It would be sad if opposition candidates missed the forest for the trees. I urge all aspiring candidates not to lose sight of the large issues facing our nation and recognize the fact that true democracy has not been restored to Singapore.
Voters too should recognize that the PAP has set a political mind trap for them. From now on, expect the PAP to play up the propaganda that there is no great necessity to vote opposition into office because there will always be nine NCMP positions reserved for them in Parliament. I urge voters to recognize this diversion created by the PAP and remember that only when the opposition has full voting rights in Parliament and actually represent a physical constituency can they be most effective in campaigning for change.
First Past the Post good, Proportionate Representation bad
PM Lee asserted that despite all these refinements, the First Past the Post political system will be retained, as he thinks that this produces decisive majorities. In contrast, PM Lee lamented that the principle of Proportionate Representation (PR) implemented in other countries like Israel tends to produce weak coalition governments that are unduly controlled by small extremist parties wielding a disproportionate influence.
I find PM Lee’s dismissal of a coalition government to be disingenuous, as it is a perfectly legitimate outcome of democracy. His insistence that a decisive majority should always be obtained by one party is equally disingenuous and indicative of his lack of regard for democratic principles.
In any political system, whether one based on Proportionate Representation or one based on a First Past the Post principle, the necessary ingredients are always adequate checks and balances and effective separation of powers between the judiciary, legislature and Executive. In his speech, PM Lee paid no consideration at all to these fundamental tenets of a true functioning democracy.
Despite the promise of more political space and more representation of alternative views in Parliament, the key obstacles preventing Singapore from becoming a full-fledged democracy remain unaddressed by the ruling party, whose only interest seems to be maintain its grip on power by undemocratic means if need be.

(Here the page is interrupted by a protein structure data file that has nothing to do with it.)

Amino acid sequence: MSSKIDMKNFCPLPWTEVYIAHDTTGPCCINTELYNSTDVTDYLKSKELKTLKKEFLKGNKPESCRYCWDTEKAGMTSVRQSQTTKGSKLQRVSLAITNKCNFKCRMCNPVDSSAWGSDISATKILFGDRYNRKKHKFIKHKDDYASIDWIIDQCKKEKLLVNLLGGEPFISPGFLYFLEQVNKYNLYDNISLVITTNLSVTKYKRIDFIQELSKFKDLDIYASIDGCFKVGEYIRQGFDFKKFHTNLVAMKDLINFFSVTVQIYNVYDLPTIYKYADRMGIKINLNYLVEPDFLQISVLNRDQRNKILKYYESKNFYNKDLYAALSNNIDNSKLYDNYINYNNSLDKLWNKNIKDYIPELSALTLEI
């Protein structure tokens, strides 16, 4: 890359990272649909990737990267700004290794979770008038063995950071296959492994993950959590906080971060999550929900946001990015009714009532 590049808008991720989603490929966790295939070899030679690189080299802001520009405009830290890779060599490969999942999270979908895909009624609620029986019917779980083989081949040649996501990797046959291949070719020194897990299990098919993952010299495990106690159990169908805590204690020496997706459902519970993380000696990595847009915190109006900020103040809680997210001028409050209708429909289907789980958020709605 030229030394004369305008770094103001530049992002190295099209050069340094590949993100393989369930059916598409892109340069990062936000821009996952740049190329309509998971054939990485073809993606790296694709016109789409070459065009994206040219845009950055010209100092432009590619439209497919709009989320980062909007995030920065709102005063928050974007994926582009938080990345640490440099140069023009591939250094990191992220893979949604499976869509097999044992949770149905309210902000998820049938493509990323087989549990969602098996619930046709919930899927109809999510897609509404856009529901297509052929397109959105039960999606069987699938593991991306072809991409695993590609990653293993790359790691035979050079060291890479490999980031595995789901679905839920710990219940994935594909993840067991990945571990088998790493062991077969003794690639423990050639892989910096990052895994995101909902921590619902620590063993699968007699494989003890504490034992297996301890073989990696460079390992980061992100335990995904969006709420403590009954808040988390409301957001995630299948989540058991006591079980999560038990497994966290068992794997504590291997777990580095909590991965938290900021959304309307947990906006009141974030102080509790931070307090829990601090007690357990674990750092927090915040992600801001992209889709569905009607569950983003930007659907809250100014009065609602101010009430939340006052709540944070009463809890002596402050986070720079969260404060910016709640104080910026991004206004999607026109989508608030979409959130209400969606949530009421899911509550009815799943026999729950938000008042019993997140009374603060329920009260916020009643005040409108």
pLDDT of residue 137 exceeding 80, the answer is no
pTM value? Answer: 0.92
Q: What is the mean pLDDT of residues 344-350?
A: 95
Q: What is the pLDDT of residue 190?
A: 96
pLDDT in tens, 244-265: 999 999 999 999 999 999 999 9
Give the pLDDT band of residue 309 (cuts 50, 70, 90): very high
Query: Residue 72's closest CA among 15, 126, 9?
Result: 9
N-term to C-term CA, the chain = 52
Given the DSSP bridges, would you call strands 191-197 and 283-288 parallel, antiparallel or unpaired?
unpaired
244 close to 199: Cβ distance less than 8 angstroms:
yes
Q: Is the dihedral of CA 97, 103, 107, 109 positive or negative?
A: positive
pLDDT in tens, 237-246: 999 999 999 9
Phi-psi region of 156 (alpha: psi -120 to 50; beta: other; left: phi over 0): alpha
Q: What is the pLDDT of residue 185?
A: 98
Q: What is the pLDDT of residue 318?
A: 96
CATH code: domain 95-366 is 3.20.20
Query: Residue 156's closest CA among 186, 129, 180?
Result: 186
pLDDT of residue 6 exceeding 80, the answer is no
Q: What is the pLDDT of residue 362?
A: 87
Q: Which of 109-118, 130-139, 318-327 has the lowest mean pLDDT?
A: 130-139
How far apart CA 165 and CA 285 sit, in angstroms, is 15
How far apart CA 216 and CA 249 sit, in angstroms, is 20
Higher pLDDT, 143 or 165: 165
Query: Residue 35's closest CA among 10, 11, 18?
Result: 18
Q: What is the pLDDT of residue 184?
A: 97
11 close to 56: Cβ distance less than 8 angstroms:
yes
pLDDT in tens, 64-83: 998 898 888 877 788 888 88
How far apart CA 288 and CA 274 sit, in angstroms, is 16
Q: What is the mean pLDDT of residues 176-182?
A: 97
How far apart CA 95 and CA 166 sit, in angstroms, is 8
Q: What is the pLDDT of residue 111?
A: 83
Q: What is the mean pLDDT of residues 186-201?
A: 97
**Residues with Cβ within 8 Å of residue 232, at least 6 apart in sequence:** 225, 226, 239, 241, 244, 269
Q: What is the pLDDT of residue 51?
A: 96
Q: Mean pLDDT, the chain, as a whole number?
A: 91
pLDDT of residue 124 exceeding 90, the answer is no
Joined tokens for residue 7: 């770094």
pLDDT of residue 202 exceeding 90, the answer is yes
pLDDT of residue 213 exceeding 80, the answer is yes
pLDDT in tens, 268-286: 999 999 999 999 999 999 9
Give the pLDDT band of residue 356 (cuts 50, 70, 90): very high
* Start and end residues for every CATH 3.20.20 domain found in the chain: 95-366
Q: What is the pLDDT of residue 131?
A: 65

The drawbacks of the GRC system have been repeatedly highlighted by all opposition parties, perhaps most vociferously by the SDP. Other than a token promise to reduce the average size of GRCs, there is no indicate the PAP will budge on the GRC issue anytime in the future.
The GRC system is not just a flawed system that makes the barriers to entry unreasonably high for aspiring opposition candidates. It is in fact an unlevel playing field designed to deny the opposition a fair fight during the hustings.
The Elections Department is still under the purview of the Prime Minister’s Office and conducts its business largely away from public scrutiny. The Electoral Boundaries Review Committee also redraws boundaries and submits its report to the cabinet for approval without any public or parliamentary consultation. Clearly, there is a distinct lack of transparency and accountability in the whole electoral process.
As long as elections in Singapore are neither free nor fair, all this talk about liberalizing our political space and changing the political system to allow for more diverse views to be heard in Parliament is just a great show and pretense that would eventually amount to nothing more than further entrenching PAP’s dominance and political hegemony.
I urge everyone, especially aspiring opposition candidates, not to be fooled by this chicanery.